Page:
Read the full blog here.

Alastair Pooley to lead global IT strategic and operational planning

London, UK. February 15, 2018: Snow Software (Snow), the global leader in Software Asset Management (SAM) and Cloud Spend Management solutions today announced the appointment of Alastair Pooley as Chief Information Officer reporting to Ulf Kasshag, Chief Financial Officer.

Pooley will drive the company’s strategic direction and future growth and lead all aspects of the company’s IT development, ensuring that Snow’s information systems deliver efficiency and enable the company through adoption of cutting edge technology.

He will provide the strategy, direction, architecture, standards, guidelines and planning for information systems and technology for Snow Software globally, to ensure efficient and secure operations.

Pooley joins Snow after five years at multinational security company Sophos, where he was Vice President responsible for Global IT infrastructure, providing service to 3300 staff globally and live services to over 100 million endpoints.

Announcing the appointment, Kasshag said, “We are delighted to welcome Alastair to Snow. His skill in delivering strategic direction and his extensive senior management experience will be pivotal as we continue to deliver innovative solutions and services for our customers and partners.”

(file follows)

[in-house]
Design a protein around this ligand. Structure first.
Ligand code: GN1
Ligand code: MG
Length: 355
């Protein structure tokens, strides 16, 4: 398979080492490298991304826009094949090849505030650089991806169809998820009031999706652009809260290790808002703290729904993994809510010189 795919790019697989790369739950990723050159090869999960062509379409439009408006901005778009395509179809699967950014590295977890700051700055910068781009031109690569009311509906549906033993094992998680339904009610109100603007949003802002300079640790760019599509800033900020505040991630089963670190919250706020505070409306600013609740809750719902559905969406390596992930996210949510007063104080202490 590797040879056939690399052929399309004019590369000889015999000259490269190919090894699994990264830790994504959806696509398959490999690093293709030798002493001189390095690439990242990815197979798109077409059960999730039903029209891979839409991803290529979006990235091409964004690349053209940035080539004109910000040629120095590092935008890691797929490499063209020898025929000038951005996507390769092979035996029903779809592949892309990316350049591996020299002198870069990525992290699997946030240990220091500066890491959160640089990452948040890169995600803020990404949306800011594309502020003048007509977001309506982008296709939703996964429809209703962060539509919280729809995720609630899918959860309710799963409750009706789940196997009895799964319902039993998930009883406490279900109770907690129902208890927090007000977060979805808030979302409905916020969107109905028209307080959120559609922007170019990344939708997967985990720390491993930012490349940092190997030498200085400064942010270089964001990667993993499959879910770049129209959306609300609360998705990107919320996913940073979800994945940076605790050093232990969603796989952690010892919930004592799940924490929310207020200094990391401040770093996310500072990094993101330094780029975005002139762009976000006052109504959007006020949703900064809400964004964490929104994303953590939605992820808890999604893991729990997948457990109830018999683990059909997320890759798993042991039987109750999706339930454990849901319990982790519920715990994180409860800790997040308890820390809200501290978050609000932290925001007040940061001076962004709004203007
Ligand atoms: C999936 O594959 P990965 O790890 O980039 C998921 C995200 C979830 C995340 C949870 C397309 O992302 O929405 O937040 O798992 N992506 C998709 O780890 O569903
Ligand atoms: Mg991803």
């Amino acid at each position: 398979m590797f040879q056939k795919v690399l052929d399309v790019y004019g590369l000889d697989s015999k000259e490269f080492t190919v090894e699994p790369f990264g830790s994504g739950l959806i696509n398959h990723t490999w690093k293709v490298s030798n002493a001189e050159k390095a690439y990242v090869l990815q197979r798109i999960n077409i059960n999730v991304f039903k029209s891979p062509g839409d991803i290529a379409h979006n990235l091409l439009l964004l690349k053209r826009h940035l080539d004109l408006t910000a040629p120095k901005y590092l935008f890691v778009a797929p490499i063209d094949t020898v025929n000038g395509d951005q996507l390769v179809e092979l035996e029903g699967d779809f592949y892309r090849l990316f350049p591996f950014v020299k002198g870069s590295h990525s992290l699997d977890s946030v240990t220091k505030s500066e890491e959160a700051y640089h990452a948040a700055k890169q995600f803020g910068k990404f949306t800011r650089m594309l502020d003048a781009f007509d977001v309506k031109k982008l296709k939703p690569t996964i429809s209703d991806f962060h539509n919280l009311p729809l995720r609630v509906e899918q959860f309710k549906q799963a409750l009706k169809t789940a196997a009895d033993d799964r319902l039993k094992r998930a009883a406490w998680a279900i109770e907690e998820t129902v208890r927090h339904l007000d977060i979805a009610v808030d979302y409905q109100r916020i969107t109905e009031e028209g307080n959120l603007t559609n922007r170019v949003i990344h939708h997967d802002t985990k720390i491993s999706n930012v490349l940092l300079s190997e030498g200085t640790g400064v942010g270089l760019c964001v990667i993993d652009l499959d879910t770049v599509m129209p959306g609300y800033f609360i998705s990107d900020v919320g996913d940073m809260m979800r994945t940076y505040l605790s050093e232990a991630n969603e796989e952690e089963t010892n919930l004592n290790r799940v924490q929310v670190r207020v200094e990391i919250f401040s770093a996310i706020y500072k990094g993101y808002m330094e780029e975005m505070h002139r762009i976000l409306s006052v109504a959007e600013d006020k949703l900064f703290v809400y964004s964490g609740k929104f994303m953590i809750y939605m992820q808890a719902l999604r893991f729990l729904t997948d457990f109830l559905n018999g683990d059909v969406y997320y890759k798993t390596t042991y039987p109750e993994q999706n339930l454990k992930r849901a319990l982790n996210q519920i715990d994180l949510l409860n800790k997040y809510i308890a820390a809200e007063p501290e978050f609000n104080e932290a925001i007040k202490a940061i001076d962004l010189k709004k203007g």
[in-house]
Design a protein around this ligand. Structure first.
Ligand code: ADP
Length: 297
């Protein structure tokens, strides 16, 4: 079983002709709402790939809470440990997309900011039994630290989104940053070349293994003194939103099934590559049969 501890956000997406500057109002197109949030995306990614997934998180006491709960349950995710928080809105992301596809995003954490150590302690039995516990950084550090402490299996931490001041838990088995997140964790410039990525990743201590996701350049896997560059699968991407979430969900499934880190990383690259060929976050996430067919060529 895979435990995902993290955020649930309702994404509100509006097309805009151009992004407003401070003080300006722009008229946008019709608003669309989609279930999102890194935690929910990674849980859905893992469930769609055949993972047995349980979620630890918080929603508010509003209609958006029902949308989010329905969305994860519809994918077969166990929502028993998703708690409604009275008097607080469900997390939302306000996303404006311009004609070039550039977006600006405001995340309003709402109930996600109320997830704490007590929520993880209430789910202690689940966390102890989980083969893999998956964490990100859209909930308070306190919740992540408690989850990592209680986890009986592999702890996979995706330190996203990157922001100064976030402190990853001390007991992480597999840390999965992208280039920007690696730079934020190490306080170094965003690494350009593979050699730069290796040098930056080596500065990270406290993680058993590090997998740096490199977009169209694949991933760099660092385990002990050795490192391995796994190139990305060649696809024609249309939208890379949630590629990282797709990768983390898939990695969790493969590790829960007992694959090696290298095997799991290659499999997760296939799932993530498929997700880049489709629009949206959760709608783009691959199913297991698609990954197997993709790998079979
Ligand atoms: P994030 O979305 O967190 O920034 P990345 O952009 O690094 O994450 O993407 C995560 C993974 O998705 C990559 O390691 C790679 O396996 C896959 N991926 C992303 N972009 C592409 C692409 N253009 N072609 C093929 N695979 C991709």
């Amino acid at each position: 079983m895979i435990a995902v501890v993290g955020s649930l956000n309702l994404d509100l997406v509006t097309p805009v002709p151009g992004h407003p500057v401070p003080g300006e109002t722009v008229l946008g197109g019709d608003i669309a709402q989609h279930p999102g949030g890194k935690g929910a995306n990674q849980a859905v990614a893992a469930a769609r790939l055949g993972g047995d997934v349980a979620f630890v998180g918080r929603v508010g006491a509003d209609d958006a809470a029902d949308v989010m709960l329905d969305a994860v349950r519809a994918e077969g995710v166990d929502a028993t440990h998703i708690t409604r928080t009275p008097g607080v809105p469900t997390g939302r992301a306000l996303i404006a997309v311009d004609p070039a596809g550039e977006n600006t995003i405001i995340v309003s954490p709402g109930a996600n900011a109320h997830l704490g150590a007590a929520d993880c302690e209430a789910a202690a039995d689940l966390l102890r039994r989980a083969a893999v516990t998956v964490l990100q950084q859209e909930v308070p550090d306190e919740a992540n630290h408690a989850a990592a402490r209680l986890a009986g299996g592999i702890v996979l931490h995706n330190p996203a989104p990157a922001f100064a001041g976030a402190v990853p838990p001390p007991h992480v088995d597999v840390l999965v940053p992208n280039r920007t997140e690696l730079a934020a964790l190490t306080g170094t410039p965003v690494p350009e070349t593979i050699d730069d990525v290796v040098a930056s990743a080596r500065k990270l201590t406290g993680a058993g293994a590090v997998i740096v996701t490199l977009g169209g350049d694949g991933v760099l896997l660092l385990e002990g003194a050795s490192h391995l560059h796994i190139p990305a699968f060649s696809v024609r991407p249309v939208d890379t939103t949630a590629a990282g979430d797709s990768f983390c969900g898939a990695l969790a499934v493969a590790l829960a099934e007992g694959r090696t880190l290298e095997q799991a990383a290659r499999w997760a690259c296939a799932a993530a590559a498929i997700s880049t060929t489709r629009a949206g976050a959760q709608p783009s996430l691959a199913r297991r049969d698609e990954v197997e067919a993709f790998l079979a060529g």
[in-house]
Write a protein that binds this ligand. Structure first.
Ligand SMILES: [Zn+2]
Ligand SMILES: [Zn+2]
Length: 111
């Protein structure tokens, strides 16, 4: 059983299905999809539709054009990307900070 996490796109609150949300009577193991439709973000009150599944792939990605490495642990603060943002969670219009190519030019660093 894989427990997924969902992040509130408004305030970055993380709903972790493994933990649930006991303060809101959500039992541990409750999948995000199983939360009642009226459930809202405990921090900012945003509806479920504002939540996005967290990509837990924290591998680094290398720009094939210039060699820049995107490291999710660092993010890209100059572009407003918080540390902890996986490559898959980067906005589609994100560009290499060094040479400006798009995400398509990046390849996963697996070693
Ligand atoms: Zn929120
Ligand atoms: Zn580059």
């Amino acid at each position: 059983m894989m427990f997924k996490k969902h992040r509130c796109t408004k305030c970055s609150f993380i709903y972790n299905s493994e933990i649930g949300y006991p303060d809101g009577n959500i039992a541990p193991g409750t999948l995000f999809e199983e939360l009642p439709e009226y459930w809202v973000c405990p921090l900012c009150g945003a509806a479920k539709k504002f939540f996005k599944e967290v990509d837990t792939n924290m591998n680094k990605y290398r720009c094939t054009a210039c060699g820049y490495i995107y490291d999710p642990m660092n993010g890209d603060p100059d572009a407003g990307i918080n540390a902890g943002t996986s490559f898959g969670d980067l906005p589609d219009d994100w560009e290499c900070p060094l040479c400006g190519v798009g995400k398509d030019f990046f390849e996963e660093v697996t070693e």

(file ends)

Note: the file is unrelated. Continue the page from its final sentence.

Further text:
Pooley comments, “Being a customer of Snow at Sophos, I knew it was the market leader and its reputation within the industry is second to none. I couldn’t resist the opportunity to work in a company with such a spirit of collaboration and innovation, and the technical knowledge to back it up. My priority will be accelerating the company’s IT development, ensuring Snow’s information systems provide the foundation for it to maintain its position at the cutting edge of Software Asset Management innovation.”

In a previous post, Raging with the Machine, I talked about the benefits organizations gain through automating processes: doing things better, doing more things and containing costs through continual optimization. In this post, I dig deeper into ‘the doing things better’ part, and specifically how IaaS automation can be designed to systematically uphold security measures.